I researched a lot about WASP (Women Airforce Service Pilots). I needed to know how they were affiliated with the military, what duties they had, their uniform, where they might have been stationed, and so much more about them, as well as how things might have worked. Every time I turned around, there was something else I needed to know, most of them were little things. I couldn’t always find the exact answer I needed and had to extrapolate from what I could learn. One of those little things was what color of flashy lights did the military emergency vehicles on base have?

Did you stumble upon anything in your research for this book that made you sad?

One of the things that made me sad—and also mad—was how poorly some of the military men treated the WASPs. The WASP were given the worst aircraft to fly. They would refer to them as “bucket of bolts,” because they were planes deemed unfit for the men to fly and were poorly maintained. One story I recall from one of the books I checked out of the library was about a WASP in training who was waiting for her final test flight to be certified to fly the military planes. She was told to wait in the hangar for her instructor even after asking multiple times if she should go out to the aircraft. A few hours later, she went out to the aircraft anyway, only to be told she was too late and would have to reschedule her test flight. She had one last opportunity, days later, to take and pass her test. This time she sat in the aircraft and waited. And waited. And waited. She sat for several hours in the Texas heat in the aircraft on the flight line, waiting for her instructor to arrive to test her. Her fellow WASPs brought her a bottle of soda because she had been there so long in the heat. Finally, the instructor showed up and grudgingly tested her. She passed and officially became a WASP. However, it wasn’t only men, women also didn’t think women should be flying, and certainly not military aircraft. When the WASPs were in a parade (I think it was in Boston) both men and women threw things at them in protest to them flying. The WASPs did a huge and great service for our country and the military but didn’t get credit for it. If asked if they would serve again, knowing they wouldn’t get acknowledged and would be treated poorly by some, I believe they would all say, “Yes, sign me up!” They were patriotic and wanted to serve our country.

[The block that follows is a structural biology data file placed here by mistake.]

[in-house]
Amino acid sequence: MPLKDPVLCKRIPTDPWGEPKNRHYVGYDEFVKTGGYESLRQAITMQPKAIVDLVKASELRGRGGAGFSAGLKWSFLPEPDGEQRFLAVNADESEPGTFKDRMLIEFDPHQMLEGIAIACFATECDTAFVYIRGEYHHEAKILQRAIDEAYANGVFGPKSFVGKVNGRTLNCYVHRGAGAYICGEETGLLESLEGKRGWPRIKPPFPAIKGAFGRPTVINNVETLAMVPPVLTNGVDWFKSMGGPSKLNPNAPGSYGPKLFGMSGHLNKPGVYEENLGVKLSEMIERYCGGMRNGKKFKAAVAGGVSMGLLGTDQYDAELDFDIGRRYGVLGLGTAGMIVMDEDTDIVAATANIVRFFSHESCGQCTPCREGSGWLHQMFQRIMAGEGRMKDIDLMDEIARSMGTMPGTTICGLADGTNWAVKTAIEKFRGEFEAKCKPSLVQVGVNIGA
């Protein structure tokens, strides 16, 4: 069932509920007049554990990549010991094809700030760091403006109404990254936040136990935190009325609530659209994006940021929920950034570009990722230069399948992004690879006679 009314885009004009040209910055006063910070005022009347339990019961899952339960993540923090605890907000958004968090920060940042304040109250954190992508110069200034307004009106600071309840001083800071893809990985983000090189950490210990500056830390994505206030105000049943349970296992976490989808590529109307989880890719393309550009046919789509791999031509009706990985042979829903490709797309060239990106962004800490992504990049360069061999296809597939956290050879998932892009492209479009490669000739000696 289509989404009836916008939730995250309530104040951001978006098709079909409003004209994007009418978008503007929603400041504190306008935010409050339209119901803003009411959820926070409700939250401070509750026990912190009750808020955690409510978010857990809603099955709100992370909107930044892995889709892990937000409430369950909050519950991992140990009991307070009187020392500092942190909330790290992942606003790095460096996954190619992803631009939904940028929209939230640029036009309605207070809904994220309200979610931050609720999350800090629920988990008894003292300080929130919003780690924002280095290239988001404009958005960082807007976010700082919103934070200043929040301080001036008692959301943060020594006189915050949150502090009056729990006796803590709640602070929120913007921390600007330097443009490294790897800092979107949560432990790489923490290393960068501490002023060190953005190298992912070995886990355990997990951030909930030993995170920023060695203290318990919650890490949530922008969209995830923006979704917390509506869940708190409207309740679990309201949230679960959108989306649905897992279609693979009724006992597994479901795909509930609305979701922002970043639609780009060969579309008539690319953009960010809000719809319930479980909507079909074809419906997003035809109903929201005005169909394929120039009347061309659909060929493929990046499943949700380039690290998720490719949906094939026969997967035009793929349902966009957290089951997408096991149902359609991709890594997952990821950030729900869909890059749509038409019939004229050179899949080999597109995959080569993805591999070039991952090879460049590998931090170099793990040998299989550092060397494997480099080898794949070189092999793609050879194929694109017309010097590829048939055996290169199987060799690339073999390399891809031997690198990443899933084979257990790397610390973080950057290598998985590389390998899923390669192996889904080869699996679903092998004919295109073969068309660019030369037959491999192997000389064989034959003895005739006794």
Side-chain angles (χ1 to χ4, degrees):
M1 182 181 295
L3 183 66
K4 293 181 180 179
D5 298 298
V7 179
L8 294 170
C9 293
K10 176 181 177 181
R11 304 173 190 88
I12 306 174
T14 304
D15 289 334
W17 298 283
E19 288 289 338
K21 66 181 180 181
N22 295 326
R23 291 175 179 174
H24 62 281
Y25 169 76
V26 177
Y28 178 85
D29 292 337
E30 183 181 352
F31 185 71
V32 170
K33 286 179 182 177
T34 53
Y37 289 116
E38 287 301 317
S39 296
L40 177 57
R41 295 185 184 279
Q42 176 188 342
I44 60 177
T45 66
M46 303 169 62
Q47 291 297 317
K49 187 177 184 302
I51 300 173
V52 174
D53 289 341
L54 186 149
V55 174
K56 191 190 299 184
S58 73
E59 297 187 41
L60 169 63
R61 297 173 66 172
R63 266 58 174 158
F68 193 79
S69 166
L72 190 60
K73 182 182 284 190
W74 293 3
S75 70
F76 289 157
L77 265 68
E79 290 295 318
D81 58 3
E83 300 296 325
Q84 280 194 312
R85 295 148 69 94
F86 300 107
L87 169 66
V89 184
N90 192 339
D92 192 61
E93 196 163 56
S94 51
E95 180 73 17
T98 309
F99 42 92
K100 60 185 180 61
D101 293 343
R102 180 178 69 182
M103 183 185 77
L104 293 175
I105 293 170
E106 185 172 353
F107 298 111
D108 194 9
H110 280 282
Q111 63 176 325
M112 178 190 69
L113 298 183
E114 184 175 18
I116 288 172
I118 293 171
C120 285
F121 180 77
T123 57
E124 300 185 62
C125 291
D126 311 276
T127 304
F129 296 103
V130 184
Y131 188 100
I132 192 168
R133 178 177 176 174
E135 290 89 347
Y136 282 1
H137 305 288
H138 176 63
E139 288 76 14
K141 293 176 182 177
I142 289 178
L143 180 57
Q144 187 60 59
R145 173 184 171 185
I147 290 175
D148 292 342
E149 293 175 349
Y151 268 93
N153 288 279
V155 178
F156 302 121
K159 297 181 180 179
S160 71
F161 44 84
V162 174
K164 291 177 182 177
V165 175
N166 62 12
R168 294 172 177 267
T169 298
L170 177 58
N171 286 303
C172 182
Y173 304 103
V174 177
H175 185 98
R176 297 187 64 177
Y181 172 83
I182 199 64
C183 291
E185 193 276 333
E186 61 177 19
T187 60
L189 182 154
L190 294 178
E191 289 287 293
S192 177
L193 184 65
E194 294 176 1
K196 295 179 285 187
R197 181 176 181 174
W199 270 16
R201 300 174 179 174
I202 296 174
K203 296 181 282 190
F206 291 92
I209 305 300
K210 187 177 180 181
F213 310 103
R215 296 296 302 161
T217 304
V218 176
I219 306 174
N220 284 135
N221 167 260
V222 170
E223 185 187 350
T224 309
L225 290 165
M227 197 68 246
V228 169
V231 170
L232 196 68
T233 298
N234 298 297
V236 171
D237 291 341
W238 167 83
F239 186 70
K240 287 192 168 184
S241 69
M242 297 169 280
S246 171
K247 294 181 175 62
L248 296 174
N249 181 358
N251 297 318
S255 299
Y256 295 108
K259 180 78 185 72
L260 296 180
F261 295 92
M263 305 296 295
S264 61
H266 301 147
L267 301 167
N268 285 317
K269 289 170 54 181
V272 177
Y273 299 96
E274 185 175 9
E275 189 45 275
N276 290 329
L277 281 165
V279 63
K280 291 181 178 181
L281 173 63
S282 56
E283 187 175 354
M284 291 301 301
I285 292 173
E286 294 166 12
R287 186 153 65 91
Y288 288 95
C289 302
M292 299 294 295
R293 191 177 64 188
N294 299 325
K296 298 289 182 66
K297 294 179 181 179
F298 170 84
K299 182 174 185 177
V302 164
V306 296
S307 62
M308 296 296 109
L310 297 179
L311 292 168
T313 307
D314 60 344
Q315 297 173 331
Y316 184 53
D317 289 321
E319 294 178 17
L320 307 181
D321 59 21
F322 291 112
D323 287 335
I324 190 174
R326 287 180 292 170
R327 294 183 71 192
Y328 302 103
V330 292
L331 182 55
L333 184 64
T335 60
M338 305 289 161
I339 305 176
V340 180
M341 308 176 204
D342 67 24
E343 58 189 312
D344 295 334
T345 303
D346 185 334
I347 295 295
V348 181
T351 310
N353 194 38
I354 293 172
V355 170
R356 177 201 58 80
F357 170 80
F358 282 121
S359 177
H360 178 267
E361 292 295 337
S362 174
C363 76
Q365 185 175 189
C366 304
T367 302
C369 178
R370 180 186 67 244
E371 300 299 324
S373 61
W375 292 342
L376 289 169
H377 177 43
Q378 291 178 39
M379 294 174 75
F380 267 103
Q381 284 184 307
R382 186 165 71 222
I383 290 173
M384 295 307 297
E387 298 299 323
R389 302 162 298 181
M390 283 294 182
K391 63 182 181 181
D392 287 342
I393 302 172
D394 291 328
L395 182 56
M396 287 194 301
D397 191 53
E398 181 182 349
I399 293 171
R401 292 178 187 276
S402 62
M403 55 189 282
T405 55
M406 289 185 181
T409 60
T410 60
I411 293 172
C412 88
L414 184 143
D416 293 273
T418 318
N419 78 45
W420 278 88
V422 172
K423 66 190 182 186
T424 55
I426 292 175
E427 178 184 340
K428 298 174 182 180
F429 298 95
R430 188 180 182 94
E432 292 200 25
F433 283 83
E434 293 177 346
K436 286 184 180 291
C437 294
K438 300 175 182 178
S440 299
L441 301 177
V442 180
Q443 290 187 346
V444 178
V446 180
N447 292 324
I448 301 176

Questions about Mary’s Reading

What other Christian Historical Novels are similar to yours in setting or storyline?

The other novels in the Heroines of WWII series. We all have strong women who answered the call to help others and their country with the backdrop of World War II. These stories are full of intrigue, adventure, and romance.


What Christian Historical Novel in your To Be Read pile is begging you to make time to plop down with it right now?

I am woefully behind on reading with my recent writing schedule, coupled with a learning disability. However, I do have my sights set on a few novels I hope to read soon. At the top of that list is Jen Turano’s The Bleecker Street Inquiry Agency series, starting with book 1, To Steal a Heart. This series promises mystery, laughs, and romance in a historical setting. It sounds wonderful!